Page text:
Country music icon and female powerhouse Wynonna Judd may have had an early start to stardom but true joy lived in finding herself along the way, she revealed on FOX Business’ "The Pursuit! with John Rich."
The young star first took the stage in front of 10,000 people at 18 years old alongside her mother Naomi Judd. Together, they hit the road, performing sellout events as The Judds throughout the 1980s. The duo released six studio albums and clinched multiple Country Music and Grammy Awards.
But in 1992, after her manager convinced her to ditch the duo and focus on a solo career, Wynonna performed at the American Music Awards for the first time as just Wynonna. Both the singer and host John Rich remembered the breakup as the biggest goodbye in country music.
"I’m an over-achiever, I’m a perfectionist and I want to be really successful in light," she said. "And it worked because it was the greatest campaign… It was the greatest goodbye, biggest, in country music at the time to say, hello, she’s coming up on her own."
Like other one-name female greats like Shania and Martina, Wynonna rose to the ranks. But the star explained that the marketing team at Curb Records decided to really ditch Judd so Wynonna’s records would stand alone and away from The Judds on record store shelves.
Wynonna’s solo moment, after sharing a tour bus with her mother for 10 years, launched her into a non-stop career on the road, leading her to big breaks like her performance at the Super Bowl halftime show in 1994.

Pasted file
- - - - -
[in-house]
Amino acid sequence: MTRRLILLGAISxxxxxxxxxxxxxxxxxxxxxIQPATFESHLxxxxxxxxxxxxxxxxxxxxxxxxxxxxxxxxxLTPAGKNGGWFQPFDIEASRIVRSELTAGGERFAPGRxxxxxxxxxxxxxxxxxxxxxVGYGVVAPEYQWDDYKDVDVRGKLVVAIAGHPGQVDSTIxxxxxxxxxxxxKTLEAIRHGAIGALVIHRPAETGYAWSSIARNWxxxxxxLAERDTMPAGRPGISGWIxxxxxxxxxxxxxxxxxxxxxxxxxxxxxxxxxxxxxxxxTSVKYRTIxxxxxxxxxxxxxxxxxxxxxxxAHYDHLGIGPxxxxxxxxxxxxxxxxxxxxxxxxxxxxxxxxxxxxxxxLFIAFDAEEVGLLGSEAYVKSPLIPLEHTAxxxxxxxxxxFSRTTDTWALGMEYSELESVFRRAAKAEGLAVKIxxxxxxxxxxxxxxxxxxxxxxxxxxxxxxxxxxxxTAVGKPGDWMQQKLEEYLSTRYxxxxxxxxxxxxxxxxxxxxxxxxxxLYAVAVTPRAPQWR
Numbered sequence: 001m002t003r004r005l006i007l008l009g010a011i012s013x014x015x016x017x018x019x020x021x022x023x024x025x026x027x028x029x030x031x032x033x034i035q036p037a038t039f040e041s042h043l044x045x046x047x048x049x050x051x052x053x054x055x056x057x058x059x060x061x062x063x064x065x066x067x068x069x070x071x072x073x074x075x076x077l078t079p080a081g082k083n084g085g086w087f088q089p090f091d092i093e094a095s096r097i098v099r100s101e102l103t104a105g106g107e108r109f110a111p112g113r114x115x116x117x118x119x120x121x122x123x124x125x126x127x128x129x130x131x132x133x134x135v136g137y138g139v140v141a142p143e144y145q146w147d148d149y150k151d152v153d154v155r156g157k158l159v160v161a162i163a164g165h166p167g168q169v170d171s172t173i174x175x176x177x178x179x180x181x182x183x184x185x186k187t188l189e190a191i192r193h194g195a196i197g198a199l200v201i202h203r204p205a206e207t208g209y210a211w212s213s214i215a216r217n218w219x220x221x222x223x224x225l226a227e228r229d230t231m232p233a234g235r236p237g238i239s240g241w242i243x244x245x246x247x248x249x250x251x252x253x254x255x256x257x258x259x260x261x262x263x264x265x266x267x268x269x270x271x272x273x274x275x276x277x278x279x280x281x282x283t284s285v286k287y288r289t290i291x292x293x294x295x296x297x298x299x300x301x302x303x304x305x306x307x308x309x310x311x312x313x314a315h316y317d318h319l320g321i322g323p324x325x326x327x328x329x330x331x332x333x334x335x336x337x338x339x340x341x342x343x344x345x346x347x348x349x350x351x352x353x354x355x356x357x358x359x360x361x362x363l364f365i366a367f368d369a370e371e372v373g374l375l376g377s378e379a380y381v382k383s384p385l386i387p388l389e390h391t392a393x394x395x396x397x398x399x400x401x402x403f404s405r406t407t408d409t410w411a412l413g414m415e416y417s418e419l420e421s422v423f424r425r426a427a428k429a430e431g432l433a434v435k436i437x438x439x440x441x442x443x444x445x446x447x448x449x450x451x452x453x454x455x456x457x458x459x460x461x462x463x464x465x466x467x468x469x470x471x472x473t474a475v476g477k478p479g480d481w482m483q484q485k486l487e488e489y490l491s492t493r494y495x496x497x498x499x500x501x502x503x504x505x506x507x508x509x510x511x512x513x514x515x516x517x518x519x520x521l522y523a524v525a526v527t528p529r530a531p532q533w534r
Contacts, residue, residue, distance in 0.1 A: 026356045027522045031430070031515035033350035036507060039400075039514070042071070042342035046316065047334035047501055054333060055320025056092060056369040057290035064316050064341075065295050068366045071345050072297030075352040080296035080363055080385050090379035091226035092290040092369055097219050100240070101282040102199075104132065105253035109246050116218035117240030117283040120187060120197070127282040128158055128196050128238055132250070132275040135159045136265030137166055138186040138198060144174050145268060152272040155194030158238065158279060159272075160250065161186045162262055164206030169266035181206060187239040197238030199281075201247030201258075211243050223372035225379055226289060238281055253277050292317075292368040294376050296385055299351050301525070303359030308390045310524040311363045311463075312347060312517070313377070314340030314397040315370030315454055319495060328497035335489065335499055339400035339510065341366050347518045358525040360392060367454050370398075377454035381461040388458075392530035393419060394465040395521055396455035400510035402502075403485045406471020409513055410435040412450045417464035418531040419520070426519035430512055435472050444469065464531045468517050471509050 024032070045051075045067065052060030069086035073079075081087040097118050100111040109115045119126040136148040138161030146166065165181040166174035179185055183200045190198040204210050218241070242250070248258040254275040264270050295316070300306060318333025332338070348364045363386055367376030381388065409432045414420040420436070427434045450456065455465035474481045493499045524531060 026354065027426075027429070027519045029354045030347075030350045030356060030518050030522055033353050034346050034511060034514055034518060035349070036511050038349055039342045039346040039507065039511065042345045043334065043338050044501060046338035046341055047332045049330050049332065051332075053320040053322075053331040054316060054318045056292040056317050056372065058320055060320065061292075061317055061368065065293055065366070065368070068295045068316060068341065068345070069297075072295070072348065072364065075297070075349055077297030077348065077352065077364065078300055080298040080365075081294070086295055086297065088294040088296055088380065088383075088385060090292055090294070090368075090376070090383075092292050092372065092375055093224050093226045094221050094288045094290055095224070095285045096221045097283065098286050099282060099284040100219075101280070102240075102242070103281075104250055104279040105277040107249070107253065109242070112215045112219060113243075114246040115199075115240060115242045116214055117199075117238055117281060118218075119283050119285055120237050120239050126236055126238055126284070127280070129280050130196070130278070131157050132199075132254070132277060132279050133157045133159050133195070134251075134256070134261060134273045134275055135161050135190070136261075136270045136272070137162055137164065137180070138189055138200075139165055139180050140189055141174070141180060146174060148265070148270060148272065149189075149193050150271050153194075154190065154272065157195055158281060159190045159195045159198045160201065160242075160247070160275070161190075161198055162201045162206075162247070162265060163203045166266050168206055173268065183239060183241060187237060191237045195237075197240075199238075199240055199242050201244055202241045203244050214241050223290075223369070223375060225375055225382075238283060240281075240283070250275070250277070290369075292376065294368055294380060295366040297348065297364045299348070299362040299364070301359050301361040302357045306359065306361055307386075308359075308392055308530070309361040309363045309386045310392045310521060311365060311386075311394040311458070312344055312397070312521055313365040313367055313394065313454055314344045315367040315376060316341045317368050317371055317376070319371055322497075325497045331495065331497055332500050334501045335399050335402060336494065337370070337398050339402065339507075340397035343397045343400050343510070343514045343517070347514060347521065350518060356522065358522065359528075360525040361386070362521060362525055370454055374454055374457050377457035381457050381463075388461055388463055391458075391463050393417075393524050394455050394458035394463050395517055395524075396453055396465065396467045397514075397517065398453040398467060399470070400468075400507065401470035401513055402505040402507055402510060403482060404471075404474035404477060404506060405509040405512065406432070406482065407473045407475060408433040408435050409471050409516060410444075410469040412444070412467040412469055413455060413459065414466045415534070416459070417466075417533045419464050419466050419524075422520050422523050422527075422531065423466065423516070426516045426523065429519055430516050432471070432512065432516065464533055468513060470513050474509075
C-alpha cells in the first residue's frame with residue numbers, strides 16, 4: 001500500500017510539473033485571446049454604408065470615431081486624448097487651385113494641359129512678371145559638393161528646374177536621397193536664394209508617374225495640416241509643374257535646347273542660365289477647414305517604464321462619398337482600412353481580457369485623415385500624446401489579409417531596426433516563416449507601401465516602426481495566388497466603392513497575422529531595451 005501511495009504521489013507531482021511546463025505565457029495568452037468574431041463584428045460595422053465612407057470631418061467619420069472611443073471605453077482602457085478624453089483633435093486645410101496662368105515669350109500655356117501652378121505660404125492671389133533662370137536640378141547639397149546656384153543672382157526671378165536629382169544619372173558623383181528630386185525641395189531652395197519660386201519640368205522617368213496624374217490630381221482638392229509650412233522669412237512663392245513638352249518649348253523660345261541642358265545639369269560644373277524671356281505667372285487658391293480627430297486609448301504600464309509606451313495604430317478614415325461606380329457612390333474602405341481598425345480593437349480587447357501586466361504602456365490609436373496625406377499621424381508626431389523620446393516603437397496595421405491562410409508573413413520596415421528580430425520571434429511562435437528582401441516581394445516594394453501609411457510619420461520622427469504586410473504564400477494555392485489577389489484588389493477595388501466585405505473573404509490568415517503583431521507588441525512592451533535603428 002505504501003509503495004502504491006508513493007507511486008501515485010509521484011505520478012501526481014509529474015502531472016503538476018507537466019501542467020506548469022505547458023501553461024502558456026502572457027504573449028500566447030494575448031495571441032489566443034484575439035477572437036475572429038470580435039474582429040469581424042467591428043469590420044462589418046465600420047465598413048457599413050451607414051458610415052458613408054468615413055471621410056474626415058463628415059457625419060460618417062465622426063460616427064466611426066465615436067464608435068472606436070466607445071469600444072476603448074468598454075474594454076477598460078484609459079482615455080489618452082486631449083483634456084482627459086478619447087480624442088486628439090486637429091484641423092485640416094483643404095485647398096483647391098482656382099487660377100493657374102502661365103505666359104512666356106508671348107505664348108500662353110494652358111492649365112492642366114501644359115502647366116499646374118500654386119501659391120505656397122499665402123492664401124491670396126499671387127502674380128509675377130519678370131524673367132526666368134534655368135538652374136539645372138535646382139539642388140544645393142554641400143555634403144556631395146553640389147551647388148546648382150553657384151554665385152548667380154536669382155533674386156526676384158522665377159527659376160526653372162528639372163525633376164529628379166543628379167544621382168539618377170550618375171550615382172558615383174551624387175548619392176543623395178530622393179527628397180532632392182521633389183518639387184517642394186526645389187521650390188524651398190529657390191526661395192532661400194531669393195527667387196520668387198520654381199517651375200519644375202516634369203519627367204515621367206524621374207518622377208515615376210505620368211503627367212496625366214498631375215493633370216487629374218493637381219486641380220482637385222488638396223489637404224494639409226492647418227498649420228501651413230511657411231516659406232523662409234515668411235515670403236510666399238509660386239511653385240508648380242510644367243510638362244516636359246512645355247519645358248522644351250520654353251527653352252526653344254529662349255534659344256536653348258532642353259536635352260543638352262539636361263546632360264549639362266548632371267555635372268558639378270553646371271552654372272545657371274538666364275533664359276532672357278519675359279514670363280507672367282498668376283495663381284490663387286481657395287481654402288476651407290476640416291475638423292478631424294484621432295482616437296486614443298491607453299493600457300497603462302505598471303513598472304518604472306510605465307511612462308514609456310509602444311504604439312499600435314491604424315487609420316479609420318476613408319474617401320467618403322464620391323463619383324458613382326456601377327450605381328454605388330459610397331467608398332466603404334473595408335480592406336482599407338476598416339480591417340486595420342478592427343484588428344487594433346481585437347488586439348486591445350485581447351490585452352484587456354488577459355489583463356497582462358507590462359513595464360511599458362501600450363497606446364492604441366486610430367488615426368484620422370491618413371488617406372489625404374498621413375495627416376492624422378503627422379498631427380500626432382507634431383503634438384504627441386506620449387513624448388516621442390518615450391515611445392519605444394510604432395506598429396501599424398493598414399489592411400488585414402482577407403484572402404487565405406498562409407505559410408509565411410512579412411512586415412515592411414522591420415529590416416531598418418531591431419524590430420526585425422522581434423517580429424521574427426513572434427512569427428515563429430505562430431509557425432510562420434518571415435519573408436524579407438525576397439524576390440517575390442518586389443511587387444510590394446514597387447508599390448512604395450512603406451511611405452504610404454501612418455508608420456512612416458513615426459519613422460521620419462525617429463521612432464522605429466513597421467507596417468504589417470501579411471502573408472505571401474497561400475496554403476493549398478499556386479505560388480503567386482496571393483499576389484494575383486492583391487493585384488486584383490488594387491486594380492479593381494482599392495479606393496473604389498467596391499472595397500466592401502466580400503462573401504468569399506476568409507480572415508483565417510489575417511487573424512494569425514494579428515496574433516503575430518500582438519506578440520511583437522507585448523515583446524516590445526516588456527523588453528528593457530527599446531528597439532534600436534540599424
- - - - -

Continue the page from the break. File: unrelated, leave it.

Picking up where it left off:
"I worked harder than I think anyone," she said. "I remember being home for two weeks at a time like per year… I didn’t have kids. I didn’t have a man. I was a working road-dog girl on a mission."
The singer remembered moments with her heroes and "she-roes" like Loretta Lynn, Aretha Franklin and James Taylor who supported her "authentic" approach to music.
Now in this modern age of technology and social media, Wynonna did not deny it’s difficult for artists today not to get wrapped up in the noise. During the coronavirus pandemic, she admitted that the mandatory halt to manic life was a great blessing.
"I have been trying to figure out a way to not ever, ever, ever be as distracted as I was before coming home March the 14 of last year," she said.
After 39 years in the fast lane of celebrity, Wynonna exposed her recent "unraveling" of all her past experiences which led her to the epiphany of what it means to truly live.
"My whole life I’ve been living for love," she said. "And here I am at 57 and I am just now figuring out how to live from love."
"I’m learning how to let go of the expectation of wondering whether or not I’ve made you happy and if you like me," she went on. "I had to prove myself personally. I knew professionally that I could sing and I could hold my own. That was what I did. I was trained to be a champion."
For Americans who have the constitutional right to pursue happiness, Wynonna shared her best piece of advice to "follow your bliss."
"I’ve been happy rich and happy poor; size 18, size 8," she said. "I can tell you what it’s like on both sides. But I’ll tell you, what’s interesting now that I didn’t have is peace that surpasses all understanding."